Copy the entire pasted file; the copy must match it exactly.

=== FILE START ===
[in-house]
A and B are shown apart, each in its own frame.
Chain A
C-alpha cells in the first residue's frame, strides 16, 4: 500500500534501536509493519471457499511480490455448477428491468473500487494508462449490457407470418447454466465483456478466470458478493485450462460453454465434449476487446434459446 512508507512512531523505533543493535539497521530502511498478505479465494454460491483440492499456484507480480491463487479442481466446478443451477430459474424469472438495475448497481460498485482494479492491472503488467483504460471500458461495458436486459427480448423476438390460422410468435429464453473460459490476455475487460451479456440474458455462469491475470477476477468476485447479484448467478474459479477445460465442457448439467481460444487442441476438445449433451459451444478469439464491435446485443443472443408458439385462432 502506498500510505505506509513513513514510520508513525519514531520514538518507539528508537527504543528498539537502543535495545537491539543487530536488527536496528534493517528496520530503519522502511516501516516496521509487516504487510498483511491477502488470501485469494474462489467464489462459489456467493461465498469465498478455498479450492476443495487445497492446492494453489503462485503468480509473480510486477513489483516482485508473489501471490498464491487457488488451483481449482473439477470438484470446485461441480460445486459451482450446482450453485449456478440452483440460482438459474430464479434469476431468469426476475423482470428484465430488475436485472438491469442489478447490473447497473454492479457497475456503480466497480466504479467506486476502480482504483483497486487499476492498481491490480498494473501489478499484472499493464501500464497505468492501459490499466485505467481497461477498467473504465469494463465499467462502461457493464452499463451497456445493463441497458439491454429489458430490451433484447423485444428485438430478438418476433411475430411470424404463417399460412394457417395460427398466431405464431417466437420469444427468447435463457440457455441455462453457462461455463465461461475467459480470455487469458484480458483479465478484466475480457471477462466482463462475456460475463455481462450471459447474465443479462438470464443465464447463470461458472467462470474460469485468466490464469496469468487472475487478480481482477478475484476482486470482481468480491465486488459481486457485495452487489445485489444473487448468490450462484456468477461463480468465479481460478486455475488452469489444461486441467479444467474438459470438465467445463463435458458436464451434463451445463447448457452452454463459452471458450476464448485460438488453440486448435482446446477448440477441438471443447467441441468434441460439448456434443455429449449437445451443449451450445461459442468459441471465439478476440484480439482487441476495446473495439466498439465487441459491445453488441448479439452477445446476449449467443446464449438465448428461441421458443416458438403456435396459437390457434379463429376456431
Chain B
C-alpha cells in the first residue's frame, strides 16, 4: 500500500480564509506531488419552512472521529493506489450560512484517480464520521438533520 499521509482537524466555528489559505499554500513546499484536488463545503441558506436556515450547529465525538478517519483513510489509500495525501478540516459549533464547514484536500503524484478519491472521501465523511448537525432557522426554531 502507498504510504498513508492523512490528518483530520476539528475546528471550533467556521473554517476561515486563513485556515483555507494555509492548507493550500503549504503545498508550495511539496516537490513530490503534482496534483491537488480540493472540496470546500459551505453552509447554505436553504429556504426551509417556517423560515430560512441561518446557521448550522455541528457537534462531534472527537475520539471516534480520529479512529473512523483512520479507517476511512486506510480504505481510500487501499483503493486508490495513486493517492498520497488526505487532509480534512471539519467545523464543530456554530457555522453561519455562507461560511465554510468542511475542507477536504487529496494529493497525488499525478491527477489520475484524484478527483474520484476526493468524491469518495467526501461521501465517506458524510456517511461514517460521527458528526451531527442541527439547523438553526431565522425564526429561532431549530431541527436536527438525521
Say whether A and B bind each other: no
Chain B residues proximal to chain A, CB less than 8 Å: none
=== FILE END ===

[in-house]
A and B are shown apart, each in its own frame.
Chain A
C-alpha cells in the first residue's frame, strides 16, 4: 500500500534501536509493519471457499511480490455448477428491468473500487494508462449490457407470418447454466465483456478466470458478493485450462460453454465434449476487446434459446 512508507512512531523505533543493535539497521530502511498478505479465494454460491483440492499456484507480480491463487479442481466446478443451477430459474424469472438495475448497481460498485482494479492491472503488467483504460471500458461495458436486459427480448423476438390460422410468435429464453473460459490476455475487460451479456440474458455462469491475470477476477468476485447479484448467478474459479477445460465442457448439467481460444487442441476438445449433451459451444478469439464491435446485443443472443408458439385462432 502506498500510505505506509513513513514510520508513525519514531520514538518507539528508537527504543528498539537502543535495545537491539543487530536488527536496528534493517528496520530503519522502511516501516516496521509487516504487510498483511491477502488470501485469494474462489467464489462459489456467493461465498469465498478455498479450492476443495487445497492446492494453489503462485503468480509473480510486477513489483516482485508473489501471490498464491487457488488451483481449482473439477470438484470446485461441480460445486459451482450446482450453485449456478440452483440460482438459474430464479434469476431468469426476475423482470428484465430488475436485472438491469442489478447490473447497473454492479457497475456503480466497480466504479467506486476502480482504483483497486487499476492498481491490480498494473501489478499484472499493464501500464497505468492501459490499466485505467481497461477498467473504465469494463465499467462502461457493464452499463451497456445493463441497458439491454429489458430490451433484447423485444428485438430478438418476433411475430411470424404463417399460412394457417395460427398466431405464431417466437420469444427468447435463457440457455441455462453457462461455463465461461475467459480470455487469458484480458483479465478484466475480457471477462466482463462475456460475463455481462450471459447474465443479462438470464443465464447463470461458472467462470474460469485468466490464469496469468487472475487478480481482477478475484476482486470482481468480491465486488459481486457485495452487489445485489444473487448468490450462484456468477461463480468465479481460478486455475488452469489444461486441467479444467474438459470438465467445463463435458458436464451434463451445463447448457452452454463459452471458450476464448485460438488453440486448435482446446477448440477441438471443447467441441468434441460439448456434443455429449449437445451443449451450445461459442468459441471465439478476440484480439482487441476495446473495439466498439465487441459491445453488441448479439452477445446476449449467443446464449438465448428461441421458443416458438403456435396459437390457434379463429376456431
Chain B
C-alpha cells in the first residue's frame, strides 16, 4: 500500500480564509506531488419552512472521529493506489450560512484517480464520521438533520 499521509482537524466555528489559505499554500513546499484536488463545503441558506436556515450547529465525538478517519483513510489509500495525501478540516459549533464547514484536500503524484478519491472521501465523511448537525432557522426554531 502507498504510504498513508492523512490528518483530520476539528475546528471550533467556521473554517476561515486563513485556515483555507494555509492548507493550500503549504503545498508550495511539496516537490513530490503534482496534483491537488480540493472540496470546500459551505453552509447554505436553504429556504426551509417556517423560515430560512441561518446557521448550522455541528457537534462531534472527537475520539471516534480520529479512529473512523483512520479507517476511512486506510480504505481510500487501499483503493486508490495513486493517492498520497488526505487532509480534512471539519467545523464543530456554530457555522453561519455562507461560511465554510468542511475542507477536504487529496494529493497525488499525478491527477489520475484524484478527483474520484476526493468524491469518495467526501461521501465517506458524510456517511461514517460521527458528526451531527442541527439547523438553526431565522425564526429561532431549530431541527436536527438525521
Say whether A and B bind each other: no
Chain B residues proximal to chain A, CB less than 8 Å: none